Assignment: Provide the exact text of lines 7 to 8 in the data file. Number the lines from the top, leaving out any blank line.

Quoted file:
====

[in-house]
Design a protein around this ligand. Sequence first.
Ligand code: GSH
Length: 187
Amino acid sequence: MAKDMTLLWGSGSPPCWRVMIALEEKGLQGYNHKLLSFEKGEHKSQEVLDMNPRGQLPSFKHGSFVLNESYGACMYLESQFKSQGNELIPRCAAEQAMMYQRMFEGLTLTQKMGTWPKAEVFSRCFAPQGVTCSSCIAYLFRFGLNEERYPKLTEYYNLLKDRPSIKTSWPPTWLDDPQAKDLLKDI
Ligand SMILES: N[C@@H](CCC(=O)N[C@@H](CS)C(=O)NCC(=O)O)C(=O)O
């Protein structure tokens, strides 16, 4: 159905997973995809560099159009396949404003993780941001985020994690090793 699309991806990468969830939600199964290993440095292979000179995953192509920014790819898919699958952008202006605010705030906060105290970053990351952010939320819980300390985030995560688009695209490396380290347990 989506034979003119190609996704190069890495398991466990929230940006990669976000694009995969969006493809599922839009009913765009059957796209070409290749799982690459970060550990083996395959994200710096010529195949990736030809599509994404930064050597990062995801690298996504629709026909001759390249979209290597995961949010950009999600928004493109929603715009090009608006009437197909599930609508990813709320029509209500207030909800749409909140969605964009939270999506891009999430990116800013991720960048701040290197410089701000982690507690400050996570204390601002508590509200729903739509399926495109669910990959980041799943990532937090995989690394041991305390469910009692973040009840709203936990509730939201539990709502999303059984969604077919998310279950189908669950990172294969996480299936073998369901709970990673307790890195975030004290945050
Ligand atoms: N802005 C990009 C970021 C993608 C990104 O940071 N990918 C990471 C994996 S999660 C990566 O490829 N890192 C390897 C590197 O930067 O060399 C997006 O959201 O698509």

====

């Protein structure tokens, strides 16, 4: 159905997973995809560099159009396949404003993780941001985020994690090793 699309991806990468969830939600199964290993440095292979000179995953192509920014790819898919699958952008202006605010705030906060105290970053990351952010939320819980300390985030995560688009695209490396380290347990 989506034979003119190609996704190069890495398991466990929230940006990669976000694009995969969006493809599922839009009913765009059957796209070409290749799982690459970060550990083996395959994200710096010529195949990736030809599509994404930064050597990062995801690298996504629709026909001759390249979209290597995961949010950009999600928004493109929603715009090009608006009437197909599930609508990813709320029509209500207030909800749409909140969605964009939270999506891009999430990116800013991720960048701040290197410089701000982690507690400050996570204390601002508590509200729903739509399926495109669910990959980041799943990532937090995989690394041991305390469910009692973040009840709203936990509730939201539990709502999303059984969604077919998310279950189908669950990172294969996480299936073998369901709970990673307790890195975030004290945050
Ligand atoms: N802005 C990009 C970021 C993608 C990104 O940071 N990918 C990471 C994996 S999660 C990566 O490829 N890192 C390897 C590197 O930067 O060399 C997006 O959201 O698509």